Kevin Ross: Now is the time to expand internet access with fixed wireless broadband at gigabit speeds: high speed breakfast

For many Americans in underserved areas, the hub of living online during the pandemic has put them at a severe disadvantage. Without broadband access, they had no way of working from home, zooming in with family, participating in online classes, or accessing telehealth resources. The recent federal infrastructure bill will help address this challenge, as broadband may soon be available to many of the 30 million Americans who are currently without it. One of the technologies that will help achieve this is citizen broadband radio service.

Although the extension of broadband is often thought of in terms of fiber optic installation, there are extreme cases where lack of subscriber density or other economic considerations make it difficult to justify the cost of installation. installation of any type of wiring. While it most often affects rural areas, it also affects suburban and dense urban areas. An alternative for the last mile is fixed wireless access, but the mobile spectrum normally used by private wireless 4G (LTE) or 5G can be too expensive for these low-margin use cases. This is why FWA and CBRS turn out to be a perfect marriage.

Enter the citizen broadband radio service

First launched in 2017, CBRS is the United States’ unique approach to sharing radio spectrum that was underutilized by the US Navy for coastal radars and military satellite ground stations. As part of the sharing system, service providers can use the spectrum (3.5-3.7 GHz) to provide other types of wireless services. The industry has developed a new system to detect when incumbents, such as the US Navy’s radar, are using spectrum to ensure that other spectrum users are not interfering with them.

Of the various uses, the greatest interest has been the provision of mobile broadband services using 4G / LTE or 5G. Operators such as Verizon have purchased CBRS licenses to supplement their existing spectrum, while cable companies such as Comcast will use it to enter the mobile services game.

In addition, various managed service providers and utilities will use it to provide industrial wireless connectivity for sensor networks, various stand-alone technologies and other Industry 4.0 applications.

All of the above relates to the CBRS Priority Access License, which has been auctioned for regional licenses like traditional spectrum. There is also spectrum available for general authorized access in the bands not allocated to historical users and not interfering with priority licensed users, which is open to any business in a specified area, after registration.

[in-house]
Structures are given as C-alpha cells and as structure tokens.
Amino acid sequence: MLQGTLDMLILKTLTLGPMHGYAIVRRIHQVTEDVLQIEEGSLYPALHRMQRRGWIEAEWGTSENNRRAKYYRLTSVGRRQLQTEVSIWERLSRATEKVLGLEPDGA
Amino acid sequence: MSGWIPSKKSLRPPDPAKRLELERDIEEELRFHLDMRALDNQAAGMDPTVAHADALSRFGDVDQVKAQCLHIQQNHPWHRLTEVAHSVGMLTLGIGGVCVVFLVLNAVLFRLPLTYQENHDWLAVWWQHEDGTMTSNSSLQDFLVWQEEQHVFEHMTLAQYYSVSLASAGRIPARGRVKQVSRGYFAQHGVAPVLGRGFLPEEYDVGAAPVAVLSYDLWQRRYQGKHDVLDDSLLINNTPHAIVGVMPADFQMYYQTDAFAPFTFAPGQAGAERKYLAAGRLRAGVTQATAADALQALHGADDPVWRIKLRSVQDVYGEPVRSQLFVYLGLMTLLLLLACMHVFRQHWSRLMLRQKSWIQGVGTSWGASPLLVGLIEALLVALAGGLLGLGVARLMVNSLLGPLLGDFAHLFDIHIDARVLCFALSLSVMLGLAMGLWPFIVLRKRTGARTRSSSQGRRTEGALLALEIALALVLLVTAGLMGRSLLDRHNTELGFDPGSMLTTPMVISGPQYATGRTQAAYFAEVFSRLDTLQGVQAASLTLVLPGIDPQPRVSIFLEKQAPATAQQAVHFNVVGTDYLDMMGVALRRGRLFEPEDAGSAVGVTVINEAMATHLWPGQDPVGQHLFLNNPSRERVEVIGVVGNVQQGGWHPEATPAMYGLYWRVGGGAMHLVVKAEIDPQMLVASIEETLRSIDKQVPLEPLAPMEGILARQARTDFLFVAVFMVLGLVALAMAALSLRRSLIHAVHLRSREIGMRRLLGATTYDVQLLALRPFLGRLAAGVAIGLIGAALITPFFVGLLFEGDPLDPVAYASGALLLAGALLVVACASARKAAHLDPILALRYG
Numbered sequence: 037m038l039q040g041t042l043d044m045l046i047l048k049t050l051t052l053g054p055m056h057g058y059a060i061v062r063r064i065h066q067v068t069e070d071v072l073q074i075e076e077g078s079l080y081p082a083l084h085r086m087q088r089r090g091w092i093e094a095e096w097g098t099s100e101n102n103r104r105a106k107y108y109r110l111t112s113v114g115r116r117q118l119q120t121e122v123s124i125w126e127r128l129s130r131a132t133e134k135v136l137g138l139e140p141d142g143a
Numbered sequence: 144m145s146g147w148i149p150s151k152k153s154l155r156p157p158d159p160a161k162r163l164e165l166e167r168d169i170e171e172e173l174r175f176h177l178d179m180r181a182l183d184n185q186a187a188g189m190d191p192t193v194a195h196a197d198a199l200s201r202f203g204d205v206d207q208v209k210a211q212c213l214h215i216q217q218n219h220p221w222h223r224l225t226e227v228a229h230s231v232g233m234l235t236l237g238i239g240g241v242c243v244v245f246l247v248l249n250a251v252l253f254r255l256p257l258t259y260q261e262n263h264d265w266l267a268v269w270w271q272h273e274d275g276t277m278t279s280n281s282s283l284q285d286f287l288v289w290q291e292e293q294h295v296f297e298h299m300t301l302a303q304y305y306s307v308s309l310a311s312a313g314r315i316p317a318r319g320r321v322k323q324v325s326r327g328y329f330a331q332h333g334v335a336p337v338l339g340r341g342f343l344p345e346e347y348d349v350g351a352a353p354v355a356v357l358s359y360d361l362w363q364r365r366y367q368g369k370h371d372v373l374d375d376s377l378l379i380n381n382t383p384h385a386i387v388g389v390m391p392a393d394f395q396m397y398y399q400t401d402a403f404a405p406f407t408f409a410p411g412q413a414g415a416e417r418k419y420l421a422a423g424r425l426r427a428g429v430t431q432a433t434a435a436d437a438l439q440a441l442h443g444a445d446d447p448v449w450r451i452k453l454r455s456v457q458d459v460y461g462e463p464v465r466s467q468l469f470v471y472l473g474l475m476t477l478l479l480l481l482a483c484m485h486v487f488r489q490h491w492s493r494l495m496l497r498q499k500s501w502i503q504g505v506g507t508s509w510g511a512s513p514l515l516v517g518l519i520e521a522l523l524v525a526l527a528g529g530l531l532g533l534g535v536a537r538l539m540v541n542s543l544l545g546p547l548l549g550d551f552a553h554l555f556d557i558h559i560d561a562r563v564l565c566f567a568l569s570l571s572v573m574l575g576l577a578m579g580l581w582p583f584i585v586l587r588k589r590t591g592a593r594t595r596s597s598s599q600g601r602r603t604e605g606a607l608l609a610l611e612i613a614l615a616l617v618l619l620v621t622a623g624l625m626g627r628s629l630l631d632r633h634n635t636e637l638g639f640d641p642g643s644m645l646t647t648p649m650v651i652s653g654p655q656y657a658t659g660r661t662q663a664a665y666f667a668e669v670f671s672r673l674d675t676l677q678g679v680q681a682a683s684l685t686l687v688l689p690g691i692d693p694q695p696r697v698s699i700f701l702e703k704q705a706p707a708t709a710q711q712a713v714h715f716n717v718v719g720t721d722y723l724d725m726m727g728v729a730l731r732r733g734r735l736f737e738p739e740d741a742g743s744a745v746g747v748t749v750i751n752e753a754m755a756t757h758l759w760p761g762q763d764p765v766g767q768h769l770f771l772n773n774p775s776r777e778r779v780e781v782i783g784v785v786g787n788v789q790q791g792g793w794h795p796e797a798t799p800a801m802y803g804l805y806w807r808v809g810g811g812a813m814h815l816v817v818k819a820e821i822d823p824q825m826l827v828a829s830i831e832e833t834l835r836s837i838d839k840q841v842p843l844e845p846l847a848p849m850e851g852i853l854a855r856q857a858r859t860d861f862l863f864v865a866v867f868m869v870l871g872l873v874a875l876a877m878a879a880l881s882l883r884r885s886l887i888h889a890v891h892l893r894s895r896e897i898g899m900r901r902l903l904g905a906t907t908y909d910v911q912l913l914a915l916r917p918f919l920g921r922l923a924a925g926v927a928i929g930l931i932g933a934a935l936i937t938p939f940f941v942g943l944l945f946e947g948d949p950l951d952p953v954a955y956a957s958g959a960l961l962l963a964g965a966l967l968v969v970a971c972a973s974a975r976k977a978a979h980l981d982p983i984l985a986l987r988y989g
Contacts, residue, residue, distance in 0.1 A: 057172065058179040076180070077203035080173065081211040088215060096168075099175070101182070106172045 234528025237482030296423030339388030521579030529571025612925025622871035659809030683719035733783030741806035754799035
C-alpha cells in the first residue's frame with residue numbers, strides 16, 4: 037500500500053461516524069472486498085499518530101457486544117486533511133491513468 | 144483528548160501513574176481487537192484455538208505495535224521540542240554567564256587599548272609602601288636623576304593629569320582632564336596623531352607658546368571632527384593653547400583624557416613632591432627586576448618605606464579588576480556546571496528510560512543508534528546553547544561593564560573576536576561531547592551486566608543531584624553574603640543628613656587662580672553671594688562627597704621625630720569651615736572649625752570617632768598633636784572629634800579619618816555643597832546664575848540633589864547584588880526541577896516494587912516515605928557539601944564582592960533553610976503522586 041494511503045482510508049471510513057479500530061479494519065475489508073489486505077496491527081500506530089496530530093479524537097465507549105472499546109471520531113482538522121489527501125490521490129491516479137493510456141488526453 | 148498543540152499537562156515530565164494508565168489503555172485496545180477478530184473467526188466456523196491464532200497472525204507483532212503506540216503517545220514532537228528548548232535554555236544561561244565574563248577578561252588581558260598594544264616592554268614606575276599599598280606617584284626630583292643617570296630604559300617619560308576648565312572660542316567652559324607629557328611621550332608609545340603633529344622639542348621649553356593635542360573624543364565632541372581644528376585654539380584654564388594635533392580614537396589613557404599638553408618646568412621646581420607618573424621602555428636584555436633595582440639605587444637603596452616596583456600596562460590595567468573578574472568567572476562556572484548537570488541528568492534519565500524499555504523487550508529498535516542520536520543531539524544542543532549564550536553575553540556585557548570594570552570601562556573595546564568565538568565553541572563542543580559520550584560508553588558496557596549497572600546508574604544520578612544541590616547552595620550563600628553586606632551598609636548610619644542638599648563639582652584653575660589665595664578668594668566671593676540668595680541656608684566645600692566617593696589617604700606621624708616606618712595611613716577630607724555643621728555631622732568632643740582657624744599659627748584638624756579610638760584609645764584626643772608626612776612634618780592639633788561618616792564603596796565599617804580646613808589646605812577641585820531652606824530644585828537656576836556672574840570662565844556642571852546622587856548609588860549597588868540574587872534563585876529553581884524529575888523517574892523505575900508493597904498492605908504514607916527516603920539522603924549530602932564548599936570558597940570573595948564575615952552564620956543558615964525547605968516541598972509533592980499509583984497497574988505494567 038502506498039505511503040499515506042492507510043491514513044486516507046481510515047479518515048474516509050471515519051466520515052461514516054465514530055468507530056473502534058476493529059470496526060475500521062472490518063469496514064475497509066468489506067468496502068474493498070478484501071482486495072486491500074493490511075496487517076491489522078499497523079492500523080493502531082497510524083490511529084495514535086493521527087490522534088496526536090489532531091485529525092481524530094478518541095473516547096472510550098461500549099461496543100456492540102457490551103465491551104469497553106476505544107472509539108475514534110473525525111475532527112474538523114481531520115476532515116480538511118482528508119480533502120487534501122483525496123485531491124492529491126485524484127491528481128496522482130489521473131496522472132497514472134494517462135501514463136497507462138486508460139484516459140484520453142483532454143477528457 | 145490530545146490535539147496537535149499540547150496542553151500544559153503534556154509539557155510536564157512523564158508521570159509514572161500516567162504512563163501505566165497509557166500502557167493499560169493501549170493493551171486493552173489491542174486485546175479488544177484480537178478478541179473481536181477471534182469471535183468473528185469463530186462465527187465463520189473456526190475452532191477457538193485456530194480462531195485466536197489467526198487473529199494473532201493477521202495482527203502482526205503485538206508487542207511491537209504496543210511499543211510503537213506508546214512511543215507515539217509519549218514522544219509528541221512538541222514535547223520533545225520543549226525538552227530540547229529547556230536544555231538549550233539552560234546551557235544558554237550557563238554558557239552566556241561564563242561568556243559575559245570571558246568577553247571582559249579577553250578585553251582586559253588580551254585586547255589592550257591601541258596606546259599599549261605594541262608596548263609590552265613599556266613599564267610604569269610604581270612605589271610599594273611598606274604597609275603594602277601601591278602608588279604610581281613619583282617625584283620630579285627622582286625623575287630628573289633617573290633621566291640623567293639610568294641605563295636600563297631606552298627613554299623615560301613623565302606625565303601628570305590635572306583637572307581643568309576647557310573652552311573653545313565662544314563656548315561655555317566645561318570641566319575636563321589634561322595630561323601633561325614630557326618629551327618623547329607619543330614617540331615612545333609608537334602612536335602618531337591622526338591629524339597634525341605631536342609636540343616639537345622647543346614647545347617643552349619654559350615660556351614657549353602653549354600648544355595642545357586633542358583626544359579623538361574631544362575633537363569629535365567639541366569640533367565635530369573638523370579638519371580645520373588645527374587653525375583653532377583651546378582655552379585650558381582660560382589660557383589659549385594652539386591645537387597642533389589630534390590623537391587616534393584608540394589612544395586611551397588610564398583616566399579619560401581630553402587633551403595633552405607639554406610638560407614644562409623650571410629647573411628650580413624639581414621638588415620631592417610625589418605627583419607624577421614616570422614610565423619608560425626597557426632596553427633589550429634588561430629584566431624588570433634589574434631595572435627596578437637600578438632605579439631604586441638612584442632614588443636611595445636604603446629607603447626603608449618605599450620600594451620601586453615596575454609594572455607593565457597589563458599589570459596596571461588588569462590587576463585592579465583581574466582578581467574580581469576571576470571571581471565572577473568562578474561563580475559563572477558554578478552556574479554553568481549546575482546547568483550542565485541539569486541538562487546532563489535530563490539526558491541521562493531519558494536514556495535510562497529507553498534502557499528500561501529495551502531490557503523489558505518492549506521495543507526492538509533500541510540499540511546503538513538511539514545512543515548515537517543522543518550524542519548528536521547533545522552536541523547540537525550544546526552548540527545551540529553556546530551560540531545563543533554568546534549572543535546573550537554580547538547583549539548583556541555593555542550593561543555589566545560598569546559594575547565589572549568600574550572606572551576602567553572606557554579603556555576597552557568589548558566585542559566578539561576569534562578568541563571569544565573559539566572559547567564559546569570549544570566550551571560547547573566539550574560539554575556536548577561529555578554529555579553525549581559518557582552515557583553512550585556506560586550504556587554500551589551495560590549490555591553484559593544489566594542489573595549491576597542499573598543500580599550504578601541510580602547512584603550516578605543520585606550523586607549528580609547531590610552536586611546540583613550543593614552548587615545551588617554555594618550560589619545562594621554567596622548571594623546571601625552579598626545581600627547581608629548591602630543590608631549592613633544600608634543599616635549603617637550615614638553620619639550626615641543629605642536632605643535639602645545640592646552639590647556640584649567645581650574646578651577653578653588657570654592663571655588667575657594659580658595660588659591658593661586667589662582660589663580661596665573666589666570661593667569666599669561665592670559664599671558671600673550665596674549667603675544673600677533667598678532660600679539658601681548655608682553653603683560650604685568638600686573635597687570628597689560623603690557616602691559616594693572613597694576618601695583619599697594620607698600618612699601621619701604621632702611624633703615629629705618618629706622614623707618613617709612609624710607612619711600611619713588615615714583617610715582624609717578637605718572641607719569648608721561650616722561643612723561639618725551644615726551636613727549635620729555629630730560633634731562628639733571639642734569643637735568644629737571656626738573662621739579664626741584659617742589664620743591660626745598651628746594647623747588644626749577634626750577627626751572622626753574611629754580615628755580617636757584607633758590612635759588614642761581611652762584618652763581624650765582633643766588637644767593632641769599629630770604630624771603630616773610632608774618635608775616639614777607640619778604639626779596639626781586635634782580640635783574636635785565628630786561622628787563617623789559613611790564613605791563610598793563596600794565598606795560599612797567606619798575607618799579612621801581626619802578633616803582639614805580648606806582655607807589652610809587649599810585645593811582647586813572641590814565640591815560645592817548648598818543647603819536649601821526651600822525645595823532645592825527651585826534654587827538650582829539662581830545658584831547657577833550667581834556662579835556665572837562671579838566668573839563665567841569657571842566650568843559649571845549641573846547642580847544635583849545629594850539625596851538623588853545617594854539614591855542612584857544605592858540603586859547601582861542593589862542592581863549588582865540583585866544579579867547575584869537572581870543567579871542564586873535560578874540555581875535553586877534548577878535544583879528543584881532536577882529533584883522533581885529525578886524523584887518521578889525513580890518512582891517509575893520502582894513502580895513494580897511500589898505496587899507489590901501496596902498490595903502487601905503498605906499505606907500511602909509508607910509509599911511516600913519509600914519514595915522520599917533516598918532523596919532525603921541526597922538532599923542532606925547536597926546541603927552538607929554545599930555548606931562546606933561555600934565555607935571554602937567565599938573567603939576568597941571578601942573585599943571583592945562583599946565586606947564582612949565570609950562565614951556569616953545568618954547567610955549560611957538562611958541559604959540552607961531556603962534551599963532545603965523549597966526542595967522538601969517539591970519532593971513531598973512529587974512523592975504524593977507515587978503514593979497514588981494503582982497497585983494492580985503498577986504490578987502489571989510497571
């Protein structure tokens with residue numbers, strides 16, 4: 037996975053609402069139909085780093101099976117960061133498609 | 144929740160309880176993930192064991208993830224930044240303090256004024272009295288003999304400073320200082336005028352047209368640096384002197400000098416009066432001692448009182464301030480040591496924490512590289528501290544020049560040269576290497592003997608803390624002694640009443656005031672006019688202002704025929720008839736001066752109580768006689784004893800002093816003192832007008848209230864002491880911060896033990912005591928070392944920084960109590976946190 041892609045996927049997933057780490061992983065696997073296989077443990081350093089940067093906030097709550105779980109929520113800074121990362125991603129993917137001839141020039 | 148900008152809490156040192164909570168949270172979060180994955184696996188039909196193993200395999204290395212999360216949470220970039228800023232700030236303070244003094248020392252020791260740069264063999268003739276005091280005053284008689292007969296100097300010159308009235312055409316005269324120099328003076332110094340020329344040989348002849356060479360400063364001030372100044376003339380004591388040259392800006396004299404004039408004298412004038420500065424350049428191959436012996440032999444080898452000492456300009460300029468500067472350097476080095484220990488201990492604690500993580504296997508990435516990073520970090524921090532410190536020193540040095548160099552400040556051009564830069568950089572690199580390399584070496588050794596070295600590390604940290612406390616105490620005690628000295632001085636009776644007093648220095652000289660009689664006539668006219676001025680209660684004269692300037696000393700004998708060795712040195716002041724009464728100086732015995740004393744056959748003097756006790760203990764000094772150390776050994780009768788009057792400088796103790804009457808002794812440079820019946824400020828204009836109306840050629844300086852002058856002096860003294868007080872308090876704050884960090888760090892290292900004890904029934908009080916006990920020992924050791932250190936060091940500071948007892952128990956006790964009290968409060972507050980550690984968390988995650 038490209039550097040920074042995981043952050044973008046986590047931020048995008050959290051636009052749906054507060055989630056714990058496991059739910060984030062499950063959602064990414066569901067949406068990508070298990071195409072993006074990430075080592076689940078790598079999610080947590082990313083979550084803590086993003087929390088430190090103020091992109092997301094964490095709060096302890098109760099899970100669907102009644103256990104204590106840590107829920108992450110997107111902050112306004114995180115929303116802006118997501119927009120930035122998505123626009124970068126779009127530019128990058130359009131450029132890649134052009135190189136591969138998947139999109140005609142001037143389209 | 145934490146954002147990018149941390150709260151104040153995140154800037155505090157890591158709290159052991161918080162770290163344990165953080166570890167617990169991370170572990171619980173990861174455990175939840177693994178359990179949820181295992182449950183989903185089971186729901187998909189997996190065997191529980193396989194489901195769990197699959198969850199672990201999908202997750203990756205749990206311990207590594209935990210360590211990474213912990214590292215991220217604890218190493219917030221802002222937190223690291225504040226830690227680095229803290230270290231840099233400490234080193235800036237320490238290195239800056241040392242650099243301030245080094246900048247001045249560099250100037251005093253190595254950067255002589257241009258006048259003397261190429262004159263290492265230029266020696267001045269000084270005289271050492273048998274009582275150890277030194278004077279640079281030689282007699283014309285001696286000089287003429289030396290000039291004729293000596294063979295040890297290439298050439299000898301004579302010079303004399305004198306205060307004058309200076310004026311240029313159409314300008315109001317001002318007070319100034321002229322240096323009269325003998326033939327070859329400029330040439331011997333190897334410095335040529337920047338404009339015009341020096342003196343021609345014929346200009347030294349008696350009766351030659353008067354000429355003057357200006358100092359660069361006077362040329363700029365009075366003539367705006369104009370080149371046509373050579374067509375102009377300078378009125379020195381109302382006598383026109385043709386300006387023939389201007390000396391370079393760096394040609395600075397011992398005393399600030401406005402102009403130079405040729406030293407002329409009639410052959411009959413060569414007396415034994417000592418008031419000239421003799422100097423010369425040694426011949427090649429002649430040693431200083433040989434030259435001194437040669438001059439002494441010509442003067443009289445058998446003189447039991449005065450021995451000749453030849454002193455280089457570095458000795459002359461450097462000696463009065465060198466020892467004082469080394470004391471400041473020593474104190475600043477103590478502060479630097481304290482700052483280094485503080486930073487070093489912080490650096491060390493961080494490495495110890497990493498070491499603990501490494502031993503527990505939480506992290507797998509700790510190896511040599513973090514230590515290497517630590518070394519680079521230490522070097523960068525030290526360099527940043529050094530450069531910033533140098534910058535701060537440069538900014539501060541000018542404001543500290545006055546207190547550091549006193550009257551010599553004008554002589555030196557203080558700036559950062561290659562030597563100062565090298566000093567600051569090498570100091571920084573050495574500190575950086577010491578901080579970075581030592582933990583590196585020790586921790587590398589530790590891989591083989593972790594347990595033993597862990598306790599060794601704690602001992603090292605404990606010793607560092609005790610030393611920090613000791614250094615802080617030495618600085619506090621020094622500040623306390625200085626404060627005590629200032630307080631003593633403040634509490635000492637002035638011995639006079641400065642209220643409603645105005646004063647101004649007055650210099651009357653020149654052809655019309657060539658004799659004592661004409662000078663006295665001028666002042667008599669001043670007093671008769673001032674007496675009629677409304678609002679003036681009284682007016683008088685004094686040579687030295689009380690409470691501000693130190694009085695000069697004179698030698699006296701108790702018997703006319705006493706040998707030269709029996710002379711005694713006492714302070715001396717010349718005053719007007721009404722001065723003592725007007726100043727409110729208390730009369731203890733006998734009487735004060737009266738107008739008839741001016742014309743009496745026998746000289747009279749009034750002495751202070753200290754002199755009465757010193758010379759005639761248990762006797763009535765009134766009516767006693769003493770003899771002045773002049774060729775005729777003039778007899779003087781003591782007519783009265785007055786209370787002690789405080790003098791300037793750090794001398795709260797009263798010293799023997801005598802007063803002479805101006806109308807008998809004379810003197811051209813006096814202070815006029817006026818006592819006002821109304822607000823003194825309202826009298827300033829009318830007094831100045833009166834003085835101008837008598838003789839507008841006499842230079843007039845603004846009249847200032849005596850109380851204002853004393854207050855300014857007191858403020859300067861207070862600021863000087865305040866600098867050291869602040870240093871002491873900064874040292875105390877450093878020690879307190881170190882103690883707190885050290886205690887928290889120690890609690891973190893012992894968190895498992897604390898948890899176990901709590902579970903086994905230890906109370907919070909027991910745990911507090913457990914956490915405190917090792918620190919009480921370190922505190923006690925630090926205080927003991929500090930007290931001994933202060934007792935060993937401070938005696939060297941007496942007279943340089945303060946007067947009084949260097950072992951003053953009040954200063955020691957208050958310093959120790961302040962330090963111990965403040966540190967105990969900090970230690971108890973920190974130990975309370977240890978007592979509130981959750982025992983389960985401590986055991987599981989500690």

Cross the divide

Beyond the big players, small independent operators, often rural service providers and wireless internet service providers, emerged during the PAL auctions of CBRS spectrum and took an interest in CBRS FWA to extend their last mile of coverage. . LTE and 5G have FWA specifications that can be used with the CBRS – CBRS PAL or CBRS GAA spectrum. CBRS has a higher capacity than frequencies typically used for mobile radio coverage in rural areas, such as the 600 and 700 MHz bands, although it requires higher gain antennas to achieve decent coverage over distance. .

For rural broadband providers who cannot justify extending their fiber optic or coaxial infrastructure to remote subscribers, CBRS FWA looks promising as WISPs will be able to serve many more customers than they can using Wi-Fi, for example. The first tests presented at the 2019 Fall Tech Forum showed that it is possible to achieve 25-50 Mbps on the downlink and 3 Mbps on the uplink within 5 miles of the antenna using LTE. Snow and rain have little measurable effect on the signal, but terrain and foliage must be considered in the design of the cover.

One of the advantages of CBRS is that the equipment of the FWA home customer premises is relatively inexpensive and quick to install. In typical rural applications, it will require a technician to install the CPE 15-25 feet off the ground on the side of the house or a small pole to ensure a line of sight. In urban applications, however, the CPE can be installed by the subscriber, placed out of sight when it is within 2 miles of the transmitter, and next to the window if it is further from the tower. radio. Simple gateway devices generally provide Wi-Fi coverage in the house.

Rural, suburban and urban

The CBRS FWA is also of interest to groups as diverse as rural real estate developments and school boards. Older retiree communities, for example, can now upgrade their development with inexpensive broadband services, without having to install coaxial cable or fiber. School boards can reach students to provide online education and resources. The school simply distributes inexpensive CBRS CPEs to its students.

Image courtesy of Nokia

One of the goals of the Federal Communications Commission when designing the CBRS sharing system was to make wireless broadband more accessible. It was recognized that innovation, learning and exploration is now happening over broadband and that various communities across the country are being held back. The pandemic has dramatically underscored this need, and the first indication is that CBRS will play an important role in overcoming this digital divide and enabling a more inclusive society.

Stéphane Daeuble is responsible for marketing enterprise solutions at Nokia. Daeuble’s business acumen and technical understanding stems from his previous roles in several industrial automation, energy, IT, networking and telecommunications companies, with roles spanning a number of different areas such as product management, sales development and product marketing. At Nokia, and formerly Motorola, Daeuble has successively led the global marketing of 3G / HSPA, LTE and Small Cells products. This piece is exclusive to Broadband Breakfast.

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